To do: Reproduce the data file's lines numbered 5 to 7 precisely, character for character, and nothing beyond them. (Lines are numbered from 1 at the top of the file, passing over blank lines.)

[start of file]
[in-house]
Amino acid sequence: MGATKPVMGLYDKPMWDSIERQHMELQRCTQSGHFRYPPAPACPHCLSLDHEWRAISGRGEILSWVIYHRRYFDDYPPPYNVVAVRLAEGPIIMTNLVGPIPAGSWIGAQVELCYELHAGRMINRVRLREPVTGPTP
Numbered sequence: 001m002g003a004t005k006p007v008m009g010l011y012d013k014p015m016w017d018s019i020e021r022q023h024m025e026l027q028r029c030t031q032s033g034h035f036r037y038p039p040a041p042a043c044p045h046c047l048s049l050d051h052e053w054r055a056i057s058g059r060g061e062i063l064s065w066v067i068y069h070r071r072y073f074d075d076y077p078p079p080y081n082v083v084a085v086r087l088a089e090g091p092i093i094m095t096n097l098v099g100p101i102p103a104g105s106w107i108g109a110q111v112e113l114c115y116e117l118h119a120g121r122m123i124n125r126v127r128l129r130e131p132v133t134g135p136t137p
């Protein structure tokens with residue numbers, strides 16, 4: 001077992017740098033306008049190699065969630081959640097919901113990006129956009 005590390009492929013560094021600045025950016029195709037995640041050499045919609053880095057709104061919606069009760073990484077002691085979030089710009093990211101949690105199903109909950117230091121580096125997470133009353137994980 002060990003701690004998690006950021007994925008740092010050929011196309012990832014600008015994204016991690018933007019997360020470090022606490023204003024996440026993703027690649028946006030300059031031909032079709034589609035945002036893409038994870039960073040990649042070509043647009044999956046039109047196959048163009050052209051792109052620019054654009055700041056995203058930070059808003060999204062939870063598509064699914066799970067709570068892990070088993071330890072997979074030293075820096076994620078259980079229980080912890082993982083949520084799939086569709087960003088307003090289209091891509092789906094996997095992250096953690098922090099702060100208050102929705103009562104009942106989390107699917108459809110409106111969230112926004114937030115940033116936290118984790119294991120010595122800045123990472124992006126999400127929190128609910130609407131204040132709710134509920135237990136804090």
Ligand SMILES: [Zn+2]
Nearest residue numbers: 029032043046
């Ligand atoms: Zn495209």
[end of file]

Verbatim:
Ligand SMILES: [Zn+2]
Nearest residue numbers: 029032043046
């Ligand atoms: Zn495209």